Faith in the American dream declining
The number of people who believe in the American dream has declined over the last ten years.
With telltale signs of the greater depression all around us, especially unemployment, it comes as no surprise that the nation’s belief in the “American Dream” is on the wane. Dot-com bubble, terrorism, wars, real estate collapse… it’s been a tough decade. Providing evidence of the fading American Dream, Zogby International recently found “a significant decline in believers from a year ago and an even bigger drop from 10 years ago.”Skip to next paragraph
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Addison is editorial director of The Daily Reckoning and executive publisher of Agora Financial, LLC, a fiercely independent economic forecasting and financial research firm. He’s a three-time New York Times best-selling author whose work has been recognized by The New York Times Magazine, The Economist, Worth, The New York Times, The Washington Post, as well as major network news programs.
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According to Forbes:
“On the basic question of whether ‘it is possible for you and your family to achieve the American Dream,’ 57% said it is possible in a Feb. 17 Zogby Interactive poll of 2,031 likely voters. That is a 10-point drop from a similar survey conducted immediately after the 2008 elections. When we asked that question in July 2001, less than two months before the Sept. 11 attacks, 76% said they could achieve it.”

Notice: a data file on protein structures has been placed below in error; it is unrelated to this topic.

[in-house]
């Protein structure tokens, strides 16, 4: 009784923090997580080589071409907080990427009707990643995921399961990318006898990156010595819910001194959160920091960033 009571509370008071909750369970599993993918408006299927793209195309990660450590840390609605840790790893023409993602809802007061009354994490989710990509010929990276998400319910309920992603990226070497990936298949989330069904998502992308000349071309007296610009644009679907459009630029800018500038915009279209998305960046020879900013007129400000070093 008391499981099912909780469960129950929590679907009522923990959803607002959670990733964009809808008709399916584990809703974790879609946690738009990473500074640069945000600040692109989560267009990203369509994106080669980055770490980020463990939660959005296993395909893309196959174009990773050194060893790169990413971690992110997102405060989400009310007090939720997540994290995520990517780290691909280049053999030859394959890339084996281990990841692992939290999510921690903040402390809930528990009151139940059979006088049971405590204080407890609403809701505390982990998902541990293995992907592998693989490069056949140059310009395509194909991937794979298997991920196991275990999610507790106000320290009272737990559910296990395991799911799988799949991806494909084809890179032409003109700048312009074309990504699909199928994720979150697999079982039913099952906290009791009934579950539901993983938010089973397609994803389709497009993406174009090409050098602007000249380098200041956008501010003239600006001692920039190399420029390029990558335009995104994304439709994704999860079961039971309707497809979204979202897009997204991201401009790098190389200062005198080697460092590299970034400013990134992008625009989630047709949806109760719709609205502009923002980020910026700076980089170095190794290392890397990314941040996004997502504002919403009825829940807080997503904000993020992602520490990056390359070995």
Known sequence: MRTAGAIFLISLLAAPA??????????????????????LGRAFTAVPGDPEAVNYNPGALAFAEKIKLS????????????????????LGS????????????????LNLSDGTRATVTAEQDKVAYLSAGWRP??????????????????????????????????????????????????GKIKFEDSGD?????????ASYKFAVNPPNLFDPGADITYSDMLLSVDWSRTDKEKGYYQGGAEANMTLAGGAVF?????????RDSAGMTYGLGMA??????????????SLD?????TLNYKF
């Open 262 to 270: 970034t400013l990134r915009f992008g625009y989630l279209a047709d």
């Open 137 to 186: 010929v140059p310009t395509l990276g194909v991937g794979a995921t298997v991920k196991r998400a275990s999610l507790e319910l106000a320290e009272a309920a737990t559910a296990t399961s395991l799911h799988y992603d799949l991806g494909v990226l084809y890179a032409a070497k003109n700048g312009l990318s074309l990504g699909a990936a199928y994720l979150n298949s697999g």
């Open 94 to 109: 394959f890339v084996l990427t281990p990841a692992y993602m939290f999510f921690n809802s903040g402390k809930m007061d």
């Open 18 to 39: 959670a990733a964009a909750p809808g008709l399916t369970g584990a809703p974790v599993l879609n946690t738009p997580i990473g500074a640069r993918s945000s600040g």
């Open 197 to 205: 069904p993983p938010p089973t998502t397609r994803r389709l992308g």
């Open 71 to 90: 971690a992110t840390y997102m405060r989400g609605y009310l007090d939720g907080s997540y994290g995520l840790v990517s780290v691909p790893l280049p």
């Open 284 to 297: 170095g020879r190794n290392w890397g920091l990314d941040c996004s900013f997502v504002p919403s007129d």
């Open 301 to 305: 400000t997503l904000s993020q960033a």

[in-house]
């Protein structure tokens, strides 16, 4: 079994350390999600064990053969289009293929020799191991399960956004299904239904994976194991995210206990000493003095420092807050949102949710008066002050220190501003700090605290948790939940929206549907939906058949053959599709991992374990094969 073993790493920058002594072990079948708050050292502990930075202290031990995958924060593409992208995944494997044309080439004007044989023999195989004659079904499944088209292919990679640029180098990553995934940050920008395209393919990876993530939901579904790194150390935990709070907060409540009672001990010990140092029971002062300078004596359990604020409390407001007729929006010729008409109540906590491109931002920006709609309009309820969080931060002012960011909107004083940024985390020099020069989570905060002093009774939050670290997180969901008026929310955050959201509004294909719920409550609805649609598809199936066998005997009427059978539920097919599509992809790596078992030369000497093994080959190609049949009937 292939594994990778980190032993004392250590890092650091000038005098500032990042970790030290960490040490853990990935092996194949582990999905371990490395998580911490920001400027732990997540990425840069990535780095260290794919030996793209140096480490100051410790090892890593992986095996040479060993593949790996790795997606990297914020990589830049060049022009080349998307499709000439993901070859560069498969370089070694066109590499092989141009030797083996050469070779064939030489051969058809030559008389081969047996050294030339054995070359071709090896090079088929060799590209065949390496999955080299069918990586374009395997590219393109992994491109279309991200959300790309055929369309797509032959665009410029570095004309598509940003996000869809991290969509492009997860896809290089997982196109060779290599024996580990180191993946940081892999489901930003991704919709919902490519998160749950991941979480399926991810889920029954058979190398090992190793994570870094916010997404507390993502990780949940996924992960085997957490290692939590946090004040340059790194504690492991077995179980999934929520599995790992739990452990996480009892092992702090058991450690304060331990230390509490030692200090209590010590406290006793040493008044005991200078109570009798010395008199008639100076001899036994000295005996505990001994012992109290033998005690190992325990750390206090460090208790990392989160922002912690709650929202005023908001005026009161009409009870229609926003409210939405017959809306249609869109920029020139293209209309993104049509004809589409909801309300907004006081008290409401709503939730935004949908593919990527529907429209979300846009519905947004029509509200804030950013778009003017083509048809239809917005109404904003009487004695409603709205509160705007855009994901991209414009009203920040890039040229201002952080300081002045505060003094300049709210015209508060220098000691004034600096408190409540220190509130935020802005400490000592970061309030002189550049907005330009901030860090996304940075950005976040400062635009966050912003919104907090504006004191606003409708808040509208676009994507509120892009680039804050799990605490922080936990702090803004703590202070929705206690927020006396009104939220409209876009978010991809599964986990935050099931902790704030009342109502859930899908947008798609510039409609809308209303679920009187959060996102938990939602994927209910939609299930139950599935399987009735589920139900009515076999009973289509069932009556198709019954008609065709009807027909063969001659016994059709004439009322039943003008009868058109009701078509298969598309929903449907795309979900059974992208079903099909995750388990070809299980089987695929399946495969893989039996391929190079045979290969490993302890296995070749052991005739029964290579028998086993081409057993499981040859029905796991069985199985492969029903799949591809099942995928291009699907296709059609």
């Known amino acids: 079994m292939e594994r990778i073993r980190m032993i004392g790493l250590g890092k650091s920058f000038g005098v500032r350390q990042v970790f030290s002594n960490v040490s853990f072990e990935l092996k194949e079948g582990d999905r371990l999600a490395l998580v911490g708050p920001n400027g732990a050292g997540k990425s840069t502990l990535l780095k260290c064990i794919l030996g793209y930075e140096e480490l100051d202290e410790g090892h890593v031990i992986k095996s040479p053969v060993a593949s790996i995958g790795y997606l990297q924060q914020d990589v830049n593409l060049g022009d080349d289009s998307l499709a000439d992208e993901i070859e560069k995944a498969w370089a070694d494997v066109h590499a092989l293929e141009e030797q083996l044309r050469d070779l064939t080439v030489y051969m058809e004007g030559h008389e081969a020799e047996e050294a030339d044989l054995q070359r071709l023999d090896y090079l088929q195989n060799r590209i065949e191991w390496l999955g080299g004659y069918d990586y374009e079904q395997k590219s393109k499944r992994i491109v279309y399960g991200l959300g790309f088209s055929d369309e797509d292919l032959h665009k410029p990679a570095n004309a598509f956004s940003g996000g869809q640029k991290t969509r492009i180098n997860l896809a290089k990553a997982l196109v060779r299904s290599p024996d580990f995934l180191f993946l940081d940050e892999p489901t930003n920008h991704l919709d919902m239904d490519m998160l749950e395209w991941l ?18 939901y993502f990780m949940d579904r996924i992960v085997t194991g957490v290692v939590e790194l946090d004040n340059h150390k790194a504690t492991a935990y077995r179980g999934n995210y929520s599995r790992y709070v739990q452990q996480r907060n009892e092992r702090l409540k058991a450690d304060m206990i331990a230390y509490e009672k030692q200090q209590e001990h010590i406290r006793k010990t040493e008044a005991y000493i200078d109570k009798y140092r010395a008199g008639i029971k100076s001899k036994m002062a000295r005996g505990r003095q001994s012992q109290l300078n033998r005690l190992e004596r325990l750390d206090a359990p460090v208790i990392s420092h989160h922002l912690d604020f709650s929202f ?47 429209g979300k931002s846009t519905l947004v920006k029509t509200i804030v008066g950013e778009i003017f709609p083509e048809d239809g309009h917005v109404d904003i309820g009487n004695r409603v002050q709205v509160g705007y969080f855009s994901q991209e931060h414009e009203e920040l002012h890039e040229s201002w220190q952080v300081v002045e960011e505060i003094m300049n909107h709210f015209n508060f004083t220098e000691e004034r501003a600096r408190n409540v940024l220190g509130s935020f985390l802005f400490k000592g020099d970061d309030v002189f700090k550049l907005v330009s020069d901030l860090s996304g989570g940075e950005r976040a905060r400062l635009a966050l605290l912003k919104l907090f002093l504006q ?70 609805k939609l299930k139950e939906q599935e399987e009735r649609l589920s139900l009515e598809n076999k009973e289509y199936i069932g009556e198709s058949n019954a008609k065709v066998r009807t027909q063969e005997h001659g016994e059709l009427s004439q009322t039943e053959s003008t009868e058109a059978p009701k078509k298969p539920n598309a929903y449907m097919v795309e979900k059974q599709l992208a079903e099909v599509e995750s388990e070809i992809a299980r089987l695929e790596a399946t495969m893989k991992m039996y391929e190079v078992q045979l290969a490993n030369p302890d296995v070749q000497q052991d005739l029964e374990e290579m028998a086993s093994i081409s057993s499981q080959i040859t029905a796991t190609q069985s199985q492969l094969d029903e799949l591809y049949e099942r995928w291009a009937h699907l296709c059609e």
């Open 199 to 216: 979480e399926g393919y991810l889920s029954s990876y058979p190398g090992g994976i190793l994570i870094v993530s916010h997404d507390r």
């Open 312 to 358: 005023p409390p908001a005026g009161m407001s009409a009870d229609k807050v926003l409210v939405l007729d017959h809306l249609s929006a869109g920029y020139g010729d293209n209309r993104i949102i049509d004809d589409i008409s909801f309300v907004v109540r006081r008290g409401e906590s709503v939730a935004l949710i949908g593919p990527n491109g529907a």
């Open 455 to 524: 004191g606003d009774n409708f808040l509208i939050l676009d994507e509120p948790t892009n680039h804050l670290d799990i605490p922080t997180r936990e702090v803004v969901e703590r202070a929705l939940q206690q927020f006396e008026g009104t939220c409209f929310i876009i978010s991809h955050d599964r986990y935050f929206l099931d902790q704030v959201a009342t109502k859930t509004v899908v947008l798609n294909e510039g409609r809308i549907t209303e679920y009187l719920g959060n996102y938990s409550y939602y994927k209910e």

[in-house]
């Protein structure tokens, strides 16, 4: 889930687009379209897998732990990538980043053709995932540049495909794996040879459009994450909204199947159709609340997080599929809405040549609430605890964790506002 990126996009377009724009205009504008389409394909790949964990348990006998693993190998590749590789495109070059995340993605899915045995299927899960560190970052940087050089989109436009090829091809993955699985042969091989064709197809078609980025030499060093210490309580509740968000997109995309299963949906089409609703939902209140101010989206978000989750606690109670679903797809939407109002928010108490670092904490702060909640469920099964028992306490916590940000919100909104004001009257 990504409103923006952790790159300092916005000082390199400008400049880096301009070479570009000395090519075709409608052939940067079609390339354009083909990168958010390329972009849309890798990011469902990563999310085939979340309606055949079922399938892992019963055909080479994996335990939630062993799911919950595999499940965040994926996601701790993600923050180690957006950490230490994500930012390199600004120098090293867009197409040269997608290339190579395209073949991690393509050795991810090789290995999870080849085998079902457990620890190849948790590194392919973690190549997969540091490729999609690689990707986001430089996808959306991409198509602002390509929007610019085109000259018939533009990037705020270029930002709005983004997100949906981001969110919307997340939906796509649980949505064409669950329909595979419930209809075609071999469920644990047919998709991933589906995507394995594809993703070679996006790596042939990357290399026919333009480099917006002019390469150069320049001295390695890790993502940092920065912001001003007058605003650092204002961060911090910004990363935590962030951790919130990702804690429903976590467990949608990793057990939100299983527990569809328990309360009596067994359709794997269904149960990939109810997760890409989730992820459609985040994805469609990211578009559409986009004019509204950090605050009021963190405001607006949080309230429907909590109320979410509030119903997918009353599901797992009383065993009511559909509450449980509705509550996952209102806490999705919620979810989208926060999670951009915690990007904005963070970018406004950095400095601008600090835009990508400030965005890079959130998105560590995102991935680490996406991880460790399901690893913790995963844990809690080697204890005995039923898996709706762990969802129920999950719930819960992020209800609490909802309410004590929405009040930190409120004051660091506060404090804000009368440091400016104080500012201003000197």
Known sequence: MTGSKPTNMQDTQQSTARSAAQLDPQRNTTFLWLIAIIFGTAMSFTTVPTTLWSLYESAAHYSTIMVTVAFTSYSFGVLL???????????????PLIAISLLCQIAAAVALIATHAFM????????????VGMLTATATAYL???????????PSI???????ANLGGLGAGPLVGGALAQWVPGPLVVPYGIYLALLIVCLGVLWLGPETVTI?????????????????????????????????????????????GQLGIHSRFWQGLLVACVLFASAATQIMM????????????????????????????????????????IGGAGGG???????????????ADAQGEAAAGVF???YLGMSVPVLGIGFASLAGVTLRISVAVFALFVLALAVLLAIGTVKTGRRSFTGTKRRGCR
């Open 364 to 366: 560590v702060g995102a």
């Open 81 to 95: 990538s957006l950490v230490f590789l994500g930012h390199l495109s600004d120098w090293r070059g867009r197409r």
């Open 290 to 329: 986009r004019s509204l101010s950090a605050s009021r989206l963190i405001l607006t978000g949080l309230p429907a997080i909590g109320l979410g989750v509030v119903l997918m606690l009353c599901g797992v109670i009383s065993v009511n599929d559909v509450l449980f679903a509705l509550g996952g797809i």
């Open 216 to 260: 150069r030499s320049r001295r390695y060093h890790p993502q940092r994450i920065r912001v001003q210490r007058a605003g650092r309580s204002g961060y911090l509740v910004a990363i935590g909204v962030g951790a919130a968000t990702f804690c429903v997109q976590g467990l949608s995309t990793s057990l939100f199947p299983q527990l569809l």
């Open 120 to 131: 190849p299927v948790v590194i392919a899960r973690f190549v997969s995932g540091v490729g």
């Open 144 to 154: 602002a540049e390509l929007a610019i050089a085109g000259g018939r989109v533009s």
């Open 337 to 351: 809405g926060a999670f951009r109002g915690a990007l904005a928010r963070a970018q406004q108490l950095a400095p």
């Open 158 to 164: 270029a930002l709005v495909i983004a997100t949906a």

So, even months after the dot-com bubble burst, Americans continued believing in our unique dream. How does the group break out now? The study procedure divided participants up into four groups, and the least hopeful group, the “Dreamless Dead,” has grown the most quickly. Described here…
“I’ve formulated four categories of American Dreamers: Traditional Materialists who define it as material success; Secular Spiritualists, who see it more through spiritual fulfillment; Deferred Dreamers, who believe their children are more likely to attain it than they are; and finally the Dreamless Dead, who say neither they nor most middle-class Americans can achieve it materially or spiritually.
“Compared with November 2008, the first three categories remained stable. The percentage of Dreamless Dead jumped from 12% to 20%. We found this pessimism increasing across all demographic groups.”
Given the government-induced rebound in the economy, you would think that more Americans could have hope. However, perhaps underlying the false recovery is a deeper understanding that it’s a sham that has only been good for the markets, and it doesn’t have any legs in the real economy.
The article describes a final disappointment…
“More alarming may be the self-fulfilling prophecies that this skepticism cultivates. For the economy, people are more likely to hunker down and diminish any chance that consumer spending will restart the economy. For government, cynicism moves people away from the process, pushing political discourse further to the extremes and making government even more dysfunctional and less responsive that it already is."
As we well know, it’s already mighty dysfunctional… and yet government could still get worse. Read more about the Dreamless Dead and the other groups in Forbes’ coverage of a loss of faith in the American Dream.
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